Recognizing Our Spiritual Homesickness
By David Desforge
There’s a subconscious reason why you sometimes feel inexplicably dissatisfied. It’s partly why you may also find yourself feeling like a total misfit or stranger even in very familiar places. Sometimes it manifests when things that once brought you joy suddenly feel foreign. You might sense it most intensely when death makes everything appear bizarrely unnatural.
As many great souls have pointed out, we don’t really belong here. We were made for and are heading toward our true home. In the meantime, we are incurably homesick.
I’ve come to see that any earthly homesickness I experience is actually an achy gift that can help me connect to this heavenly grief. Our horizontal homesickness is much easier to engage than the vertical. But missing our family, friends and roots is meant to remind us that we are also missing someone and something greater.
Horizontal or earthly homesickness is heart wrenching. I left New England decades ago but I still often feel like a foreigner anywhere else; with little clips of a Boston accent adding untimely confirmations. Right now I’m missing the connection that place once gave me with loved ones who have passed on. And it’s been two years since my last relocation, yet it’s like my heart is still tied there by a rubber band. I feel it pulling me back with longing and stretching my endurance. The tension is palpable sometimes as I pull back to embrace a new home.
But that’s nothing compared to my international friends. Just yesterday I watched a short film by a young, Iranian woman, Naghmeh Farzaneh. She used watercolors to share her sadness about people viewing her homeland negatively and mysteriously, and how even ordering fast food in English was a continually harrowing event. Through her art, she offered her heart: her grief and anger, as well as her resolve to belong and bloom.
My recent calling has been to build relationships with people like her from all over the globe. They enjoy much that is good about our country. But they are also incurably homesick: aliens, foreigners and sometimes exiles, far from everything that makes home really home.
Whether it has been our own experience or not, home is what we associate with a soothing voice, a favorite dish, inside jokes and an unlocked door. It is a welcoming smile, space where we belong and shared memories. Home means access and inclusion into private areas and conversations. Home means safety, protection, favor and care. Home is what we miss — whether we never had it or because we did. Home is what is supposed to be. And when it’s missing, we feel it acutely and try to compensate. We are driven to make home be wherever we are.
For my household, the holidays are approaching and we will reach out to foreigners. However, our youngest daughter and son-in-law will remain far overseas and our broader family is a long plane ride away. Yet, God’s compassionate care is being renewed in my soul. And his Spirit is teaching me to connect the homesickness I feel to that which I usually don’t.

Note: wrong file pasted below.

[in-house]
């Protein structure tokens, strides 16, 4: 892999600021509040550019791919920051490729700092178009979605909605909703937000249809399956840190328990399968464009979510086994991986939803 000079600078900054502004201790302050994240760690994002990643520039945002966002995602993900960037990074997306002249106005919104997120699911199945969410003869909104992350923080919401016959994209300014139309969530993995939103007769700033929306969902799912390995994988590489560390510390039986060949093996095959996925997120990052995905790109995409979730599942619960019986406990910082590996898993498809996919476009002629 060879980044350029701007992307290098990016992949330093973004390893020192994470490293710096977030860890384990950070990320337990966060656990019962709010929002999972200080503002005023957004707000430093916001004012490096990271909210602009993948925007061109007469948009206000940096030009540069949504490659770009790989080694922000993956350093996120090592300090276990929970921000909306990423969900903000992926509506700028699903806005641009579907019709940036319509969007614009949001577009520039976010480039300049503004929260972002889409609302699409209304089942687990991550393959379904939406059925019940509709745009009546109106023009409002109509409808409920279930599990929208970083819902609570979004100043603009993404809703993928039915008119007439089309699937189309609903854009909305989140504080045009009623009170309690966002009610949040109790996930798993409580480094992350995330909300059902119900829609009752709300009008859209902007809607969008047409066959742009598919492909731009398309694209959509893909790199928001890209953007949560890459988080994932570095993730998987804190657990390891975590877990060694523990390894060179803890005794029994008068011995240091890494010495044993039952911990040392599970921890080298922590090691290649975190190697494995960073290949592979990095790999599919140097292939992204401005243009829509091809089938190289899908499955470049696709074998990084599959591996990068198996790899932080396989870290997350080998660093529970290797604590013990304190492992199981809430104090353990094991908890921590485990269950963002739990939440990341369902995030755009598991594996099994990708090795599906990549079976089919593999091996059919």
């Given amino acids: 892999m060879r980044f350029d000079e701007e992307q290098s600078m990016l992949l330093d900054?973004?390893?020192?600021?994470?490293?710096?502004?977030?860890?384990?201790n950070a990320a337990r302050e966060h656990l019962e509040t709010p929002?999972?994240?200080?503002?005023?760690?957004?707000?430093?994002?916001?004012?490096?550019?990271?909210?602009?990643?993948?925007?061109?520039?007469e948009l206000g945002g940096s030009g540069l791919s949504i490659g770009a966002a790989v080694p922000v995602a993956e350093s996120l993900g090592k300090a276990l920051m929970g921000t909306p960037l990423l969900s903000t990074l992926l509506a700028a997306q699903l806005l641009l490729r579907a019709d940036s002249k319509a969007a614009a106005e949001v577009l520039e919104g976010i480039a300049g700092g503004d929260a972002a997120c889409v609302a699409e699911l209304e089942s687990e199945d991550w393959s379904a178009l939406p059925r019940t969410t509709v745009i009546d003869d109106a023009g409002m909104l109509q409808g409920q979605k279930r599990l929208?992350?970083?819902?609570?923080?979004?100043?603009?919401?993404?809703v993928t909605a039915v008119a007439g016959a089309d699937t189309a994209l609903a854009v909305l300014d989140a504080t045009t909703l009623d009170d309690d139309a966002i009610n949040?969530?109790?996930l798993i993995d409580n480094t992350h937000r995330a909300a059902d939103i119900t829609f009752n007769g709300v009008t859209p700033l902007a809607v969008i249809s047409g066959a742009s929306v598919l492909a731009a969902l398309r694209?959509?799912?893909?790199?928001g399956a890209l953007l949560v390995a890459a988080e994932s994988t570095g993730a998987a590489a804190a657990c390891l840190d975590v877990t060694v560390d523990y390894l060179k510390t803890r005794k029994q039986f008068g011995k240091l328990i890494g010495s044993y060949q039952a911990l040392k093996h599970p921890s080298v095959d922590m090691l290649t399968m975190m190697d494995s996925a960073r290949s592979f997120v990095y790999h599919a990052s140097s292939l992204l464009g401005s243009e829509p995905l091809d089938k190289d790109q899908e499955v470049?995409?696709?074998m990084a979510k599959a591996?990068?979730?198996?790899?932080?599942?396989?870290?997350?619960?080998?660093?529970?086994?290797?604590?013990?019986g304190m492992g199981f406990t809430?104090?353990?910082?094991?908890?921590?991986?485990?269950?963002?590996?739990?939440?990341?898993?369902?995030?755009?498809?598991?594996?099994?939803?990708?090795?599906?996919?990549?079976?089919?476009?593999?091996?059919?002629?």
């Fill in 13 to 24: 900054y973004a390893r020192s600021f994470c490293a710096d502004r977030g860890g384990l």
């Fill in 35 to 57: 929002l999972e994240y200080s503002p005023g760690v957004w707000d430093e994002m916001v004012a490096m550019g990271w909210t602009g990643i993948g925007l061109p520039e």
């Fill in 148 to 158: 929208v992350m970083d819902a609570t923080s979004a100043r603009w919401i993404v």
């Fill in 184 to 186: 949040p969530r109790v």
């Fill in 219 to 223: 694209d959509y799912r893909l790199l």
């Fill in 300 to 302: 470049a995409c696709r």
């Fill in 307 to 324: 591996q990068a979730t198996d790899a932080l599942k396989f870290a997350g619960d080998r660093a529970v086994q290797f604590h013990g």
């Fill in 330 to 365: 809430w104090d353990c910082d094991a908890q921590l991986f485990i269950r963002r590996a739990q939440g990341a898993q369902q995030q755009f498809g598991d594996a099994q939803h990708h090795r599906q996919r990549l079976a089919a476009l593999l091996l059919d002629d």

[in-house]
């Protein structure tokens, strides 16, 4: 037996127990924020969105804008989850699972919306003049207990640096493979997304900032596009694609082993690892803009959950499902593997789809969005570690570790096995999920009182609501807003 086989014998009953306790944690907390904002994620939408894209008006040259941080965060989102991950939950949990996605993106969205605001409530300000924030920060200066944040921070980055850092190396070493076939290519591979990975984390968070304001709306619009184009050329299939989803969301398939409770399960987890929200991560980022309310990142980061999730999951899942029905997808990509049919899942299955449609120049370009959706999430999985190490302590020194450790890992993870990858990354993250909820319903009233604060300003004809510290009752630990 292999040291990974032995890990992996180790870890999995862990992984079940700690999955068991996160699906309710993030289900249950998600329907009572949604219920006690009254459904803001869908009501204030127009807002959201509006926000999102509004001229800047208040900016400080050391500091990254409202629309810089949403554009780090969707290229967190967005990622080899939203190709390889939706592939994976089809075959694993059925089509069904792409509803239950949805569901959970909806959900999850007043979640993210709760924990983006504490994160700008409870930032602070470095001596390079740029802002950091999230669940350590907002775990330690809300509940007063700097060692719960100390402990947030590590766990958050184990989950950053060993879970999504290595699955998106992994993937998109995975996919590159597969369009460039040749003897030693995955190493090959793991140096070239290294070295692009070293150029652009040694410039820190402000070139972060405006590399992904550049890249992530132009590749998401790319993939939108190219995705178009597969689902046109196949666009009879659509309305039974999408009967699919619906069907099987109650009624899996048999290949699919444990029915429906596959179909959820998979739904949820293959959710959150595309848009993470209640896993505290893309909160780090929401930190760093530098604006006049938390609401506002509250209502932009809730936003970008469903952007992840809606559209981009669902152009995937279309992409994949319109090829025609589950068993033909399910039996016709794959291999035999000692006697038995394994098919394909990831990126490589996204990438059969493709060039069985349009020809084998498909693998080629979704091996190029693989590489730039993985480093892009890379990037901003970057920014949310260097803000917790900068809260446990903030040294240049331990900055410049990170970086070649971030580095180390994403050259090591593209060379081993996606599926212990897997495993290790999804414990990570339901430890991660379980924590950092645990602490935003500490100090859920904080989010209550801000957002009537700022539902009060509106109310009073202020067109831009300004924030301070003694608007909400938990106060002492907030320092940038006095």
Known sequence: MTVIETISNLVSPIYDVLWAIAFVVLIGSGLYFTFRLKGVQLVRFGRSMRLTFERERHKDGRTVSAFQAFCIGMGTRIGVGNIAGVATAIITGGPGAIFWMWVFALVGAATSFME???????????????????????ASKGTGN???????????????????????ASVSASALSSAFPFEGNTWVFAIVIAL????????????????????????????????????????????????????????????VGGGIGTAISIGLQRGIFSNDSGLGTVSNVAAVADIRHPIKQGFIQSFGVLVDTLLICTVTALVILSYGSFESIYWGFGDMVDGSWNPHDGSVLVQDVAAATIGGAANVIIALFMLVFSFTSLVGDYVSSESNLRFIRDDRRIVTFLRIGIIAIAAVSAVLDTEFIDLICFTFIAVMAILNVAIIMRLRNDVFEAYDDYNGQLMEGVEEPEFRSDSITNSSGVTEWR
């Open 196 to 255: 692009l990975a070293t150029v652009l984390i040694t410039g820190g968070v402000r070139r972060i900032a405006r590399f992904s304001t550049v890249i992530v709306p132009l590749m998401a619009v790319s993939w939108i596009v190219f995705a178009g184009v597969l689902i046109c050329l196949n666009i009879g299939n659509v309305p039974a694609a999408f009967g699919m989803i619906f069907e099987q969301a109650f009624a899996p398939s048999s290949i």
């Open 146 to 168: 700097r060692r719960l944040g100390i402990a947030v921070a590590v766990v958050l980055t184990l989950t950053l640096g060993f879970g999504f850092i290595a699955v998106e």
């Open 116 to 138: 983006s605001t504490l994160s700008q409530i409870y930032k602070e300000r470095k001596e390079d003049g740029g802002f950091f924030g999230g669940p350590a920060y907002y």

The author of Hebrews understood. All the saints died by faith, he says. They trusted God’s promises even though they didn’t receive them all in this life. They shook hands with them from afar. And this was because they were “seeking a homeland” and a “better country”, a city prepared for them. (Heb. 11:13-16). Puritan scholar, John Brown, explains that the word translated as “country” is similar to the German word “fatherland”: the land father owns, where he lives and children have the right to dwell.
C. S. Lewis is often quoted on this subject: “If I find in myself a desire which no experience in the world can satisfy, the most probable explanation is that I was made for another world.” There is a reason why we will never find lasting fulfillment here and never quite fit comfortably. We were made for a Father and a land we miss, as subconscious as that may be. That’s why Peter calls Christians “strangers and exiles”.
What does all this mean for me? First, is that I want the earthly homesickness I naturally feel to remind me of the supernatural homesickness I need to feel more. I want my disappointed longings and continual alienations to help me miss God and seek him more intentionally. I also want to face more squarely that this world will never truly be home and to let go of my stubborn grip on it.
Secondly, I want my natural homesickness to make me as compassionate for others as my Father is. Deuteronomy tells us: “You shall love the stranger, for you were strangers in the land of Egypt.” (10:19). Leviticus adds that we must love aliens as we love ourselves (19:34). Jesus put it as loving our neighbor as ourselves (Lk. 10:27).
Naghmeh Farzaneh also spoke about being invited for Thanksgiving and how her friend’s dad bought her a box of baklava. Apparently it was the closest thing he could find to Iranian pastry in Florida. She was deeply moved by his attempt to give her a taste of home so she might feel more at home.
May we all be aware of the homesickness within us but also all around us. And enter both.
On a personal note, please pray for us as missionaries to international scholars. Pray that our team’s friendships and the healing of the Gospel would genuinely touch these amazing people. Pray for the connections they will make with our family and others over the holidays. Pray also for the Bible studies and events I lead each week. And if you would like to consider joining our encouraging support team, please contact me. It really is a meaningful way to be part of welcoming strangers.